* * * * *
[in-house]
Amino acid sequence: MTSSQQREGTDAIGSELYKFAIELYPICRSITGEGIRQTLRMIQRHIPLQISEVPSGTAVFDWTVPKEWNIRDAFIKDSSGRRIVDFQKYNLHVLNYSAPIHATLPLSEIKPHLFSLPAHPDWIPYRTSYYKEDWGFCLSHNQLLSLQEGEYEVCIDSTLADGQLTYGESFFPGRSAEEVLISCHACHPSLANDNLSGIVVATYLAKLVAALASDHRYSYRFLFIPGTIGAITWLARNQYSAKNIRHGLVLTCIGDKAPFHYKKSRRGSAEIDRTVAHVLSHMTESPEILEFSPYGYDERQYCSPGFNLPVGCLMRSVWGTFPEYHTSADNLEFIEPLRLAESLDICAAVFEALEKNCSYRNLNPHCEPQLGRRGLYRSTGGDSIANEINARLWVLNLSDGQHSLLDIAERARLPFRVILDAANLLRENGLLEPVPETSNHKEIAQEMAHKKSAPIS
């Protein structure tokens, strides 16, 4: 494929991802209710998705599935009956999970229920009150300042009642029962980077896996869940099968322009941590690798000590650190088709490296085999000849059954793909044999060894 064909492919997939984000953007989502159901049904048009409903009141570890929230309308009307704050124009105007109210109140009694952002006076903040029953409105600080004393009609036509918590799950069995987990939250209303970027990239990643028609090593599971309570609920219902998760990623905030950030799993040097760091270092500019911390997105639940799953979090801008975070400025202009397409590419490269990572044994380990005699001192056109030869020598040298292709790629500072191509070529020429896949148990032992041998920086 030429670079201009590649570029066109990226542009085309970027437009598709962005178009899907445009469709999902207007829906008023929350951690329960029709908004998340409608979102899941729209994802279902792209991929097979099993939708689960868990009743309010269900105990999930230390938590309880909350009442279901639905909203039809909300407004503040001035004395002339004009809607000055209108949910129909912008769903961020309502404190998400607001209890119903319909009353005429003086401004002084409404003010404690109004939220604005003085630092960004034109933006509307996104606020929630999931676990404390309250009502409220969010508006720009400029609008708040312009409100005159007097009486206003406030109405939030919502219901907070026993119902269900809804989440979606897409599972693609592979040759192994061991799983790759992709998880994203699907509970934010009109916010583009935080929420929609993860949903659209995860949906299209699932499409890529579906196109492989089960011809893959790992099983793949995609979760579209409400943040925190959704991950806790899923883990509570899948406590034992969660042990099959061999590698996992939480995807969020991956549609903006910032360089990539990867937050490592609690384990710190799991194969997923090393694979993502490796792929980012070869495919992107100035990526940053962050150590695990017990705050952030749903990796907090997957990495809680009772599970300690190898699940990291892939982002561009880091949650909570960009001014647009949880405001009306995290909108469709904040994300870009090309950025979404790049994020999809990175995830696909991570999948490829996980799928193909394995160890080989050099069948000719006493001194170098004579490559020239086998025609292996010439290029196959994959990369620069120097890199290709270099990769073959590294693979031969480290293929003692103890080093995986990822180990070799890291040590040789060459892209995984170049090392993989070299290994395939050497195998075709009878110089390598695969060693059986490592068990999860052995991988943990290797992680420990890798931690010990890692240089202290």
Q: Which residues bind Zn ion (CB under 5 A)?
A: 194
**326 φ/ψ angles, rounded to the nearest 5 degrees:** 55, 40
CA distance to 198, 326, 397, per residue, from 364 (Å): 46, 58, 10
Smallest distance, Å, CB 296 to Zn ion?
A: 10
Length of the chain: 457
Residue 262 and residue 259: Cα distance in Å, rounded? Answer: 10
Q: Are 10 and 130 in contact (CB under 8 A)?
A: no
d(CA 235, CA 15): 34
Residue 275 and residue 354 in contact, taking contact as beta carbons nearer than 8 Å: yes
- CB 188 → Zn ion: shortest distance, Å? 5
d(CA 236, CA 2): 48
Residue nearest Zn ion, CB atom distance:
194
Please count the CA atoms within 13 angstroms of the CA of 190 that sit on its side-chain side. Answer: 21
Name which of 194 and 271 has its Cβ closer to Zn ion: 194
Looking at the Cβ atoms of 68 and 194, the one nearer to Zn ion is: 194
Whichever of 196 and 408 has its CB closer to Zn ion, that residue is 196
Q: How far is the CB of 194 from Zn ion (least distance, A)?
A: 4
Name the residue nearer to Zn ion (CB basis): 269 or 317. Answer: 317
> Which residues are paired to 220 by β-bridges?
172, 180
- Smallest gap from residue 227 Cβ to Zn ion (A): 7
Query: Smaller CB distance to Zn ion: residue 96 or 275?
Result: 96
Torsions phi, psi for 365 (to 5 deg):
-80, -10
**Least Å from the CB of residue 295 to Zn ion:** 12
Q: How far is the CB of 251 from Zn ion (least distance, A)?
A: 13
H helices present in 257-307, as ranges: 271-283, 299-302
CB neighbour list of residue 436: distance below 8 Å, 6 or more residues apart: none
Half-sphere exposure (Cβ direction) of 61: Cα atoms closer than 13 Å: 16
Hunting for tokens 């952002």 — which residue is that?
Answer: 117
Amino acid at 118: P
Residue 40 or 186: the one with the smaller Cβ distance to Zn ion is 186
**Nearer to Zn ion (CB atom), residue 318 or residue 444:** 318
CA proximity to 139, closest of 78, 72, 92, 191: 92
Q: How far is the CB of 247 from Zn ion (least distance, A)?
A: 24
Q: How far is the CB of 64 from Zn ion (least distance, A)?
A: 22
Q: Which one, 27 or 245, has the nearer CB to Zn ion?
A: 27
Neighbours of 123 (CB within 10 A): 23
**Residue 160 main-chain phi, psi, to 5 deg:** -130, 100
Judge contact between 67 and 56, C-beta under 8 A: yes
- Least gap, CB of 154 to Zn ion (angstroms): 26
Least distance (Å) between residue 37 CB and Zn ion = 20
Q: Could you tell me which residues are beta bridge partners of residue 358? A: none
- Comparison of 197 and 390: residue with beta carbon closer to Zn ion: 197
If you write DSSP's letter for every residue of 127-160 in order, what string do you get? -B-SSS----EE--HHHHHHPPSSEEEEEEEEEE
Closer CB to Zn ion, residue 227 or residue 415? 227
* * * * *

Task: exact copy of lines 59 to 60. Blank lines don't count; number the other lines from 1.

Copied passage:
If you write DSSP's letter for every residue of 127-160 in order, what string do you get? -B-SSS----EE--HHHHHHPPSSEEEEEEEEEE
Closer CB to Zn ion, residue 227 or residue 415? 227